Habitat for Humanity ReStores are building material thrift stores, receiving and selling new and used building items. ReStores provide an opportunity for the public to donate building materials and to buy quality building materials at very low costs. Doors, windows, cabinets, sinks, light fixtures and other building supplies are given a second life. All proceeds from the ReStores are then used to build new Habitat homes in San Luis Obispo County.

Habitat of San Luis Obispo is in the process of completing four homes within the City of Atascadero, with a home dedication planned for December 13, 2008. Plans are also in motion to build four similar homes within the City of Grover Beach in 2009.

Habitat for Humanity of San Luis Obispo County has built simple, decent housing in Paso Robles, Cambria and in Atascadero. HFHSLOCO was established in 1997, as a non-profit organization and an affiliate of Habitat for Humanity International. All donations to the ReStore are tax-deductible.

The ReStores are open Thursday through Saturday from 9:00am to 3:00pm.
For more information on what building materials the ReStores accept and sells please call: Templeton 434-0486 OR in San Luis Obispo 546-8699.

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I’m not very good at the whole “right on schedule” thing, I must admit. That said, here are a few shots of the “winter” garden just as we start to transition into a “summer” garden.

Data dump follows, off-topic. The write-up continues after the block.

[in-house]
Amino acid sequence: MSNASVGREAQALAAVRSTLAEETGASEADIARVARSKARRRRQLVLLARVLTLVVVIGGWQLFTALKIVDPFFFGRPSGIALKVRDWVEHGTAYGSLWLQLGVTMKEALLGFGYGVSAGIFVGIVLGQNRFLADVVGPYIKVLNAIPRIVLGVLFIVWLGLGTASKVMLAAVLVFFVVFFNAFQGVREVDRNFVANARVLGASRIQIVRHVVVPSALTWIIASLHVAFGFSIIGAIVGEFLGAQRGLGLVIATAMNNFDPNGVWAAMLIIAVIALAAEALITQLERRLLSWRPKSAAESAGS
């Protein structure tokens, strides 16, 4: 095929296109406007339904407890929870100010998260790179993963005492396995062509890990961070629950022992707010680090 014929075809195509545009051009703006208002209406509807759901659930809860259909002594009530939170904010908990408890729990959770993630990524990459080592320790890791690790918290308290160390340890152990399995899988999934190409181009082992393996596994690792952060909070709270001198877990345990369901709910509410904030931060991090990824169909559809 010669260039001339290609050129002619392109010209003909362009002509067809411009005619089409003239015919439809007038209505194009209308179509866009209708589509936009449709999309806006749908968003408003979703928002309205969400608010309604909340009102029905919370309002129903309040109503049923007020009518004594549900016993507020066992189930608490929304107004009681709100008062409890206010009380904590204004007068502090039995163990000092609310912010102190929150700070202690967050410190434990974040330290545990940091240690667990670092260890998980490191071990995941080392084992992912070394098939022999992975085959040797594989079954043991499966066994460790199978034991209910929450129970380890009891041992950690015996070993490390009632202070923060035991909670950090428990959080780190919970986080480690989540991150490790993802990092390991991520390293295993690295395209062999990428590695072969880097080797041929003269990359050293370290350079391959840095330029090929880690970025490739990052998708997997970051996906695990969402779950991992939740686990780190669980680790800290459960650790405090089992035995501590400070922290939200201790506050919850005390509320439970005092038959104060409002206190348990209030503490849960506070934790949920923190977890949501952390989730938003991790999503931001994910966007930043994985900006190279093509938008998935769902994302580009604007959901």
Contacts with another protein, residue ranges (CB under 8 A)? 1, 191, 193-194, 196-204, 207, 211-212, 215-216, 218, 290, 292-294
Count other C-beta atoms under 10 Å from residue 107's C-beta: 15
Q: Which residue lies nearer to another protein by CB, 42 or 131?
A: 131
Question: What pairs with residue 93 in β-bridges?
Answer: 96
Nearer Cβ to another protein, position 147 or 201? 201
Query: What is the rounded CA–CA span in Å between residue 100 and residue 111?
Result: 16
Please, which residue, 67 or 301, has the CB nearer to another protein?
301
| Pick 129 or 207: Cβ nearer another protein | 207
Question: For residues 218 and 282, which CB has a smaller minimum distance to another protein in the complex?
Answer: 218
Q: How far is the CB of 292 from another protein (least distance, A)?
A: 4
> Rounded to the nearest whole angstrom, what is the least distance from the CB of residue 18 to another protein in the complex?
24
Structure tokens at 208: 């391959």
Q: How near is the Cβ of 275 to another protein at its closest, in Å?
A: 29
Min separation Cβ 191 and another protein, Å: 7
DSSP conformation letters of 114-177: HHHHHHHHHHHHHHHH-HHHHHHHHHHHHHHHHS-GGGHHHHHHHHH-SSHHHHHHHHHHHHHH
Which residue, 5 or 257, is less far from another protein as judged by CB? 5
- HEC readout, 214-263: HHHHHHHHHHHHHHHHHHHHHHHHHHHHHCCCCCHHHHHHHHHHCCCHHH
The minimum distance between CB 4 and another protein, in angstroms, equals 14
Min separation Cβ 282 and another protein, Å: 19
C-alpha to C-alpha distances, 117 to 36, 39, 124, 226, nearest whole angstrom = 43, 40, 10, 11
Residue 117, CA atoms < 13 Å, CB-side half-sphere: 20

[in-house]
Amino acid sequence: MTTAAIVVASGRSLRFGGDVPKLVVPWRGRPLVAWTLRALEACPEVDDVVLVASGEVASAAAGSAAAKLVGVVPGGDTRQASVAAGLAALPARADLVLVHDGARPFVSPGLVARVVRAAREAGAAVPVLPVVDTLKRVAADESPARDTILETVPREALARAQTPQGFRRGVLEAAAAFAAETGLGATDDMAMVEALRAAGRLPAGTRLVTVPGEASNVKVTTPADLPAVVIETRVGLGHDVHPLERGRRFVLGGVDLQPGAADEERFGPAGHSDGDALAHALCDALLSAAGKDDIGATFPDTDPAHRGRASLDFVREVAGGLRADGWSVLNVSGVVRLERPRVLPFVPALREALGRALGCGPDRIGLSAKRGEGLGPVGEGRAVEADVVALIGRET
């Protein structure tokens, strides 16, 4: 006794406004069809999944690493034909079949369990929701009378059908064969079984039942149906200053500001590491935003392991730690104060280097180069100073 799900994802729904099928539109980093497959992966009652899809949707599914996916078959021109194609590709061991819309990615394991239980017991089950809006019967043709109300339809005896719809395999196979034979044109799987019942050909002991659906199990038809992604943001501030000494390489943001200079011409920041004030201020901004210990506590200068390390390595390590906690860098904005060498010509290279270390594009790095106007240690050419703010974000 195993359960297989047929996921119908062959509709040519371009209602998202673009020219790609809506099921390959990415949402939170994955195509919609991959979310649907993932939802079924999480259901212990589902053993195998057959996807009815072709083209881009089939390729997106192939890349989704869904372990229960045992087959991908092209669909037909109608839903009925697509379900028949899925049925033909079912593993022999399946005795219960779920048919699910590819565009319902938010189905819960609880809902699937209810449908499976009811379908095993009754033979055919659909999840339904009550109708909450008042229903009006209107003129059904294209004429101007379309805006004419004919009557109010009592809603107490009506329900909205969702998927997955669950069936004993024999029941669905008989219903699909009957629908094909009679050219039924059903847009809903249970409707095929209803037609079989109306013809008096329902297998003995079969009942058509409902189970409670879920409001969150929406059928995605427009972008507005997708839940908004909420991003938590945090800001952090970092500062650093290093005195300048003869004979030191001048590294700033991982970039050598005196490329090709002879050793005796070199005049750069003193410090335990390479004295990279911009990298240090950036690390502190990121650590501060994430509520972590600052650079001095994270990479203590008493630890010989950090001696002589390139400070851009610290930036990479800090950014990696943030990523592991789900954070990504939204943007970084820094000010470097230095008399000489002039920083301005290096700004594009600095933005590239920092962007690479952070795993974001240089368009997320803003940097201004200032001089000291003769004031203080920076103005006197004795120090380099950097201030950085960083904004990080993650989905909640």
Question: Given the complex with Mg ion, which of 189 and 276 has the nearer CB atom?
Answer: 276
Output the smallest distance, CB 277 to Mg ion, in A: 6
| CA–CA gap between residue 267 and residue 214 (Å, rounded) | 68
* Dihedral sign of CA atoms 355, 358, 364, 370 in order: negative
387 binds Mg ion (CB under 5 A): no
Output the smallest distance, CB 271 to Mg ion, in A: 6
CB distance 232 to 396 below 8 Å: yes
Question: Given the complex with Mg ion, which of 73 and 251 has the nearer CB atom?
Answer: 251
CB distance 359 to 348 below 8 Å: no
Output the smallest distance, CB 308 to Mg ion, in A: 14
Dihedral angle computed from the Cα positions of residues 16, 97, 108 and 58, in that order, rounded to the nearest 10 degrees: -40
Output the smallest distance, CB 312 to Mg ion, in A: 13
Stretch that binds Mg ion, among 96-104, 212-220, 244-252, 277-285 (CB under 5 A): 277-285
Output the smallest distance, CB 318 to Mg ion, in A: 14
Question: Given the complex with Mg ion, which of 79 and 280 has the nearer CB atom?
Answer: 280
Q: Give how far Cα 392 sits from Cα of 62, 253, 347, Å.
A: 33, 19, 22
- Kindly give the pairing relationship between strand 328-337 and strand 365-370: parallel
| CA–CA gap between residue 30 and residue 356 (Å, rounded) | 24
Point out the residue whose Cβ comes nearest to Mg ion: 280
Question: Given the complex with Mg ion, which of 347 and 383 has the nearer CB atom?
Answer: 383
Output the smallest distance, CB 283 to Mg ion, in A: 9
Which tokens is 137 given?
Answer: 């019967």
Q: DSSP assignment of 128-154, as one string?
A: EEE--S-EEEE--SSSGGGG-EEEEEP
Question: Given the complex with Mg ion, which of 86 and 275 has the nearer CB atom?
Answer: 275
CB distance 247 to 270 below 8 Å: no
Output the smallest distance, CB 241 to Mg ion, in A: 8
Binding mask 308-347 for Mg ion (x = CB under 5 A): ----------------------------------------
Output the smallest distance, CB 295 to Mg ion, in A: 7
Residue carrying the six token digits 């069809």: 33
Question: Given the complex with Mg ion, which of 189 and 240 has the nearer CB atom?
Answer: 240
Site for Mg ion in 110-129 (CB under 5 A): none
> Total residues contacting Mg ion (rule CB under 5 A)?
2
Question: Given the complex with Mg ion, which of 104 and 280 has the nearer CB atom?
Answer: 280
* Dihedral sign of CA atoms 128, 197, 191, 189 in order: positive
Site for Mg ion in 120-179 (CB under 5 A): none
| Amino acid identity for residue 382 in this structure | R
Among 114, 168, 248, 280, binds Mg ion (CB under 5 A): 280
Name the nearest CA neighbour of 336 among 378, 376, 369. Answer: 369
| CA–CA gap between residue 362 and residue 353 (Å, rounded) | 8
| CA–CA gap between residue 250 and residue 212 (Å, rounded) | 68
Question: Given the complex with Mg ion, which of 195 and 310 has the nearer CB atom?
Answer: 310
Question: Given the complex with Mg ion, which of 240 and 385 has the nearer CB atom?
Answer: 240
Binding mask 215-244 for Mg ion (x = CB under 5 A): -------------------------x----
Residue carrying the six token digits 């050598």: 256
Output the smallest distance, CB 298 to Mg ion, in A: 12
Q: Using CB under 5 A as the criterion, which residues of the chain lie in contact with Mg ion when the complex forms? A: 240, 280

Here in SLO we should probably label the seasons “wet” and “dry,” but I’m splitting hairs.

I’m afraid we pulled some of the leeks a tad early. (Sorry, Heidi! It looks like we’ll have to use non-homegrown leeks for the lasagna). The white parts need to be, like, three times longer.

On a positive note, the broccoli is finally taking off. I can’t wait to dig in! (In fact, I kinda already sneaked some. Shhh…)

In a week or two I’m going to post a detailed review of our winter garden. In the meantime, here’s a quick winter garden wrap up, with the winners, the competitors, and the also-ran.

The winners:

  • bok choy (one word: prolific)
  • leaf lettuce (just keeps growing and growing and…)
  • spinach (just keeps growing and growing and…)
  • green onions (SO sweet and tangy)
  • radishes (our fastest growers of the season!)

The competitors

  • broccoli (slow starter, but we’re seeing action now!)
  • head lettuce (died back very quickly after reaching “peak”)
  • leeks (need lots of time to grow)

The also-ran

  • red and yellow bulb onions (la de da, any DAY now)
  • carrots (had better luck with the summer batch)

I must say, it was a great first experience with a winter (wet season) garden. I’m already planning for next year.

How about you? Did you do a winter garden? How did it go?

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First, can someone please tell me why I decided not to get a dryer in the middle of the rainy season? Still, I have managed to hold my laundromat trips to a minimum; two precisely. And that was to dry the thicker towels and blankets. I do believe that in the nearly 2 months I have not had a dryer, that is pretty good, don’t you think?